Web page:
Uneven Tile Installation – Correcting Lippage

Marble Tile Lip
Occasionally, we come across a brand new stone tile installation where the tiles are not level, or simply one tile is laid higher than other adjacent tiles creating a level of lippage which is unacceptable by the homeowner or even by industry standards. In the image above, although the level of lippage seems minimal, it failed the credit card test.

What is the Industry Standard?

According to the Terrazzo, Tile & Marble Association of Canada, an acceptable level of lippage varies depending on the size of the grout joint.

For grout joints of 6 mm or greater, the acceptable level of lippage is 1.56 mm or 1/16 of an inch.  For smaller grout joints of less than 6 mm in width, the acceptable level of lippage is 0.78 mm or 1/32 of an inch. 

Since a credit card is about 1/32 of an inch, a credit card is often placed against the tile to do a spot check and evaluate lippage.

How to Correct Lippage?

If only one or two tiles are considered to have lippage, the most economical solution would be to remove the affected tile or tiles and to install new tiles.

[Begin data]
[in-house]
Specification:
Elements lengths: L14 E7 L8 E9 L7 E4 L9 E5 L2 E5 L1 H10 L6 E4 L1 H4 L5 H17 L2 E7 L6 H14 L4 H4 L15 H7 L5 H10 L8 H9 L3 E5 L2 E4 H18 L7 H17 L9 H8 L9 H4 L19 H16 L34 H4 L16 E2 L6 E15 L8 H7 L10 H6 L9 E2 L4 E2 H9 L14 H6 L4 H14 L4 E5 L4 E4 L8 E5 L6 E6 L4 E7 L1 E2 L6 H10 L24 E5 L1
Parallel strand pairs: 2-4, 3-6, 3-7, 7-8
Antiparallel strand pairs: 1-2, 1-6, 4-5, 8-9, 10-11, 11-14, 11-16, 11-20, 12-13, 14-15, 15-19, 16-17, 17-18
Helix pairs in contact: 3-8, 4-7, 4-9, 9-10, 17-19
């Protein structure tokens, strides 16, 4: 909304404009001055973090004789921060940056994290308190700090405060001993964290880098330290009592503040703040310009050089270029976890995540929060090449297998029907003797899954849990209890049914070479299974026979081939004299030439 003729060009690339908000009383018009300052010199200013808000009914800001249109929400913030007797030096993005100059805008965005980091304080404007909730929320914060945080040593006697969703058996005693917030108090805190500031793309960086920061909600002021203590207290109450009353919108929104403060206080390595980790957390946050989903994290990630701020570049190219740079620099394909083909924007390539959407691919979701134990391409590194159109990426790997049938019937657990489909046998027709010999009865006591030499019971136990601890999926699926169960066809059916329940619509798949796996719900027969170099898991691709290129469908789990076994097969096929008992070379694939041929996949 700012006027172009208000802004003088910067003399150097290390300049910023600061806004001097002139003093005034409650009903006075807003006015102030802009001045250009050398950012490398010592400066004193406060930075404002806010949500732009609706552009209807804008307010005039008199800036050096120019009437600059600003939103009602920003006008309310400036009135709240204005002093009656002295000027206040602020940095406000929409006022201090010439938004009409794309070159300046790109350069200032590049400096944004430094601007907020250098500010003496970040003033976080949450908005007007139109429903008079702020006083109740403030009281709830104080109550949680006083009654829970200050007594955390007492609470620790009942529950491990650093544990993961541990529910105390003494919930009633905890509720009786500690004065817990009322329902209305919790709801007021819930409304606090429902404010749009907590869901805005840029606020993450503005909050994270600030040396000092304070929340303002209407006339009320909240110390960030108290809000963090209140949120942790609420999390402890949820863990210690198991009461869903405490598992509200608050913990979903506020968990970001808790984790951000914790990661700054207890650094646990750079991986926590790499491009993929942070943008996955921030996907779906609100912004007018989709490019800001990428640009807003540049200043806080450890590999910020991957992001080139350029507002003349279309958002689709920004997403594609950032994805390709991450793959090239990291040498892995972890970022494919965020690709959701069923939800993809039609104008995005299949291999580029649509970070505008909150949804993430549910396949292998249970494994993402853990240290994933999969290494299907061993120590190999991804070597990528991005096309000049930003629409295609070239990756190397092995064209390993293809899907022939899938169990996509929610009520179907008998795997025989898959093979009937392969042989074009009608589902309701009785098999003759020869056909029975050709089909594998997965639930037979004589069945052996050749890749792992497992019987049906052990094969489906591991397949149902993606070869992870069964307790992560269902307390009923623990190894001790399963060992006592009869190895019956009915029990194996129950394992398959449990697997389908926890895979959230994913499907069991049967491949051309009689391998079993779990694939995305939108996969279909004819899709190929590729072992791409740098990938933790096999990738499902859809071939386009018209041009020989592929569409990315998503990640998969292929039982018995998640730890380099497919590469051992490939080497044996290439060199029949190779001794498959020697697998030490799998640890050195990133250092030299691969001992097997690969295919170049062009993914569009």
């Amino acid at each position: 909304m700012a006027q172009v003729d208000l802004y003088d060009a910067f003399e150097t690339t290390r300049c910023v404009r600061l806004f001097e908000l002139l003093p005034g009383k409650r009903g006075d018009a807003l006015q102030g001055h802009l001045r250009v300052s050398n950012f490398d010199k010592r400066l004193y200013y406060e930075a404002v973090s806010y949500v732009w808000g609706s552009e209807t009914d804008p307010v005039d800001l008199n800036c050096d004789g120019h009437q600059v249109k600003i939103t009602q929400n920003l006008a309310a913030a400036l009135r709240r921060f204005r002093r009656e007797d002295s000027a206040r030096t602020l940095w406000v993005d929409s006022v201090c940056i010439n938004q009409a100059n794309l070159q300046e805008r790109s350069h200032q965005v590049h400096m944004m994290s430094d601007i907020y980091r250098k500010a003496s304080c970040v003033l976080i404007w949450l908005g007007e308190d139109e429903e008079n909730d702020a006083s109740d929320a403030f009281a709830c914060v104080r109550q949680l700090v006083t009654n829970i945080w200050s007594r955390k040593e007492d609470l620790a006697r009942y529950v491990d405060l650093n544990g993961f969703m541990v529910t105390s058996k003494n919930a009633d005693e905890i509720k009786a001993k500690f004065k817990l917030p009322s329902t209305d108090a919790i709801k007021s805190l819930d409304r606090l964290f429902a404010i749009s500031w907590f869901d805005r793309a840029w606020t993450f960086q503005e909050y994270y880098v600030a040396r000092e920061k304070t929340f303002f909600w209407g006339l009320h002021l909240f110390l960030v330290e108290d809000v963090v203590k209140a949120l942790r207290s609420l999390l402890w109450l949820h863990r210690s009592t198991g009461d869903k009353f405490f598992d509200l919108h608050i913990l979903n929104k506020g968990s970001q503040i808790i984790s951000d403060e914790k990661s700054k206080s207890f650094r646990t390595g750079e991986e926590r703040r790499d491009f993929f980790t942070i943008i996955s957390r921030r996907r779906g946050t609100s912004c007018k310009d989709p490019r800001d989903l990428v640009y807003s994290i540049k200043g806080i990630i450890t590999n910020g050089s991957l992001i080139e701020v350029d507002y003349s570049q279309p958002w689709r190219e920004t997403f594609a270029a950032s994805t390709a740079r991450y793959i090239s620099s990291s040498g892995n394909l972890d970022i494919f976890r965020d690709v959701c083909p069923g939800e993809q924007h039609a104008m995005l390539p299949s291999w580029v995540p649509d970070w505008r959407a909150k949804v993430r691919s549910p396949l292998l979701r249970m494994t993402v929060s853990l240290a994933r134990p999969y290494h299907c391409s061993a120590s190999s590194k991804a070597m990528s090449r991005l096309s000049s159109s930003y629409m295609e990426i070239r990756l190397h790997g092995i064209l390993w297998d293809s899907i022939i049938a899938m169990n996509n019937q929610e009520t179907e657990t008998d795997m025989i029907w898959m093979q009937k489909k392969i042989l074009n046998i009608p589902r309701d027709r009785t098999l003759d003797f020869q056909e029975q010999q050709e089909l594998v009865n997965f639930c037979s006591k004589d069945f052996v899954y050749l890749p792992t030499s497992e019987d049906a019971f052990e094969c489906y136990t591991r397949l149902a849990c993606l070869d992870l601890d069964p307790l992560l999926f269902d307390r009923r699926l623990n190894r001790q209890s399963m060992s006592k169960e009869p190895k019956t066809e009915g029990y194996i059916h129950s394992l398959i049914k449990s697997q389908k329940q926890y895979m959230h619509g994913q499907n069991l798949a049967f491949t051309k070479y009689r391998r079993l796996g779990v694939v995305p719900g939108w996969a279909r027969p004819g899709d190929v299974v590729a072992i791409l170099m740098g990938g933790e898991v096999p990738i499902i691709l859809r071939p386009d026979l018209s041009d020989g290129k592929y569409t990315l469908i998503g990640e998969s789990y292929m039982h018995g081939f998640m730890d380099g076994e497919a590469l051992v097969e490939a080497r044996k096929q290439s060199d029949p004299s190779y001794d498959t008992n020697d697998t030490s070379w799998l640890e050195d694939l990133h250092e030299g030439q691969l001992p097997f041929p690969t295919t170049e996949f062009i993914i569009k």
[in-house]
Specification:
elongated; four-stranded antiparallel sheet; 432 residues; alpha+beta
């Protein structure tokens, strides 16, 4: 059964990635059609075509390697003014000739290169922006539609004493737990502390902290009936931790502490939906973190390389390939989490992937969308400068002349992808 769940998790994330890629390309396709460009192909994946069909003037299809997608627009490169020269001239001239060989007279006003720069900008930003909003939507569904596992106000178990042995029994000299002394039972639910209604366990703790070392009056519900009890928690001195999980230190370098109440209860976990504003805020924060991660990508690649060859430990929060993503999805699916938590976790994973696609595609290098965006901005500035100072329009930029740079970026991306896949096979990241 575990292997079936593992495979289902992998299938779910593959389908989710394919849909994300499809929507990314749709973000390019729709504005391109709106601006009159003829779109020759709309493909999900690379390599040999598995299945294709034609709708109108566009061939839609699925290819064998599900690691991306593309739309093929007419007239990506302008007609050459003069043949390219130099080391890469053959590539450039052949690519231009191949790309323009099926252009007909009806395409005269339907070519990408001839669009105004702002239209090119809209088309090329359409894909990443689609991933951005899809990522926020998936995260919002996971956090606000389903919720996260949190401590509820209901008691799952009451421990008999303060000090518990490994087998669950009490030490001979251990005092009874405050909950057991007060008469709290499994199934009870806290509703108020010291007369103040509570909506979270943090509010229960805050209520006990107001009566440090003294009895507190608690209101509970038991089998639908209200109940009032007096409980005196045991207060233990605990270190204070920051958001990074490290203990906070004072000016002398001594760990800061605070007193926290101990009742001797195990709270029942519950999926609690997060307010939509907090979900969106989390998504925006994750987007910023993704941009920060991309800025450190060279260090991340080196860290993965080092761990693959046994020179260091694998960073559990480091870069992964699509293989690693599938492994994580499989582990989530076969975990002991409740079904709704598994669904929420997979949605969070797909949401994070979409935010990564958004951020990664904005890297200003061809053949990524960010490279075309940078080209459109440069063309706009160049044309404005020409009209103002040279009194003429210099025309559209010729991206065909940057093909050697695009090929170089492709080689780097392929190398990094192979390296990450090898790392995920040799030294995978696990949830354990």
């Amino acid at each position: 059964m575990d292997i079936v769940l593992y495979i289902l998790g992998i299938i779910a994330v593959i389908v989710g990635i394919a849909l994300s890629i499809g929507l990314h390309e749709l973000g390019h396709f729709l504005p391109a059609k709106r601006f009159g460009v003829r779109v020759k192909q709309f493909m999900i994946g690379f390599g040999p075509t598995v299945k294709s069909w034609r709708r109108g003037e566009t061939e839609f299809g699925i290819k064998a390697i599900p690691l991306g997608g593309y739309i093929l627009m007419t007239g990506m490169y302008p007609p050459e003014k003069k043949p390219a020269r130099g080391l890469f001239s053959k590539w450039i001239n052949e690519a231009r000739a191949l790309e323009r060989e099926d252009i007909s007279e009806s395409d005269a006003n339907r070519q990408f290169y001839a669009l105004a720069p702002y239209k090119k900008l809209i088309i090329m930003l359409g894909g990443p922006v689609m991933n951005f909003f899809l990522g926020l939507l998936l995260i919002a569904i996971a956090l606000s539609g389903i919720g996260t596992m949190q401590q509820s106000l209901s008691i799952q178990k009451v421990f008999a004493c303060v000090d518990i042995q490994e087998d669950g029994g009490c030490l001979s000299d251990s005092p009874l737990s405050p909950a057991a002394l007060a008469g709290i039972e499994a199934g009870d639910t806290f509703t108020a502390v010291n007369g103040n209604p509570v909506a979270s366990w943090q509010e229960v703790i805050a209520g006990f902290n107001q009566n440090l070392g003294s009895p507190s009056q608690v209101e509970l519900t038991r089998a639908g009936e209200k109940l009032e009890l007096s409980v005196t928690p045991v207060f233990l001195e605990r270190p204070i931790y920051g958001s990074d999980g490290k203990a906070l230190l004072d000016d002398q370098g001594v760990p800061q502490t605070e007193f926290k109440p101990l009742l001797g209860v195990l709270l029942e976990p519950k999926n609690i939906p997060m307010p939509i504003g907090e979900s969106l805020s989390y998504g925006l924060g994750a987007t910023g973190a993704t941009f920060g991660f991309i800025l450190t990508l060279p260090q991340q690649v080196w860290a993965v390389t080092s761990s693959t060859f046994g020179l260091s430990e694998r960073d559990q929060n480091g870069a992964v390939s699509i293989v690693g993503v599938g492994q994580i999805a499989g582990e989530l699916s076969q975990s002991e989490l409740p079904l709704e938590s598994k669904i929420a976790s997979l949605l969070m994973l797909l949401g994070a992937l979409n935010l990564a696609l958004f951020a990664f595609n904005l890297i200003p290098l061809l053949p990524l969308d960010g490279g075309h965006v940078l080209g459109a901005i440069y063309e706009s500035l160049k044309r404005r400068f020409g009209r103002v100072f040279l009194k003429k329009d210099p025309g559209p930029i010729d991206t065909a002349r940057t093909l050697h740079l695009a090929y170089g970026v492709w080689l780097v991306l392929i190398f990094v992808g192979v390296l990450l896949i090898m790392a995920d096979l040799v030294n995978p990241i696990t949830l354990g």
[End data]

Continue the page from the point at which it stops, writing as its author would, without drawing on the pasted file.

However, if lippage is rampant throughout the tile installation and you are dealing with a large area, you may be considering ripping out the brand new install, purchasing new stone and re-installing new tile. This option carries very high costs as a result of having to remove and dispose of the original material, to pay for stone, mortar and grout material again and having to hire a second contractor to do the job right.  To live dissatisfied with a substandard install for years to come, is also not a viable solution.   

Few people are aware, including contractors, that a more affordable solution exists. With natural stone installations, it is possible to grind down the surface of the stone using industrial diamond abrasives to create a smooth, level and uniform surface. Of course, after the affected tiles have been grind down and the surface is level, the stone must be brought back to its original finish and lustre.

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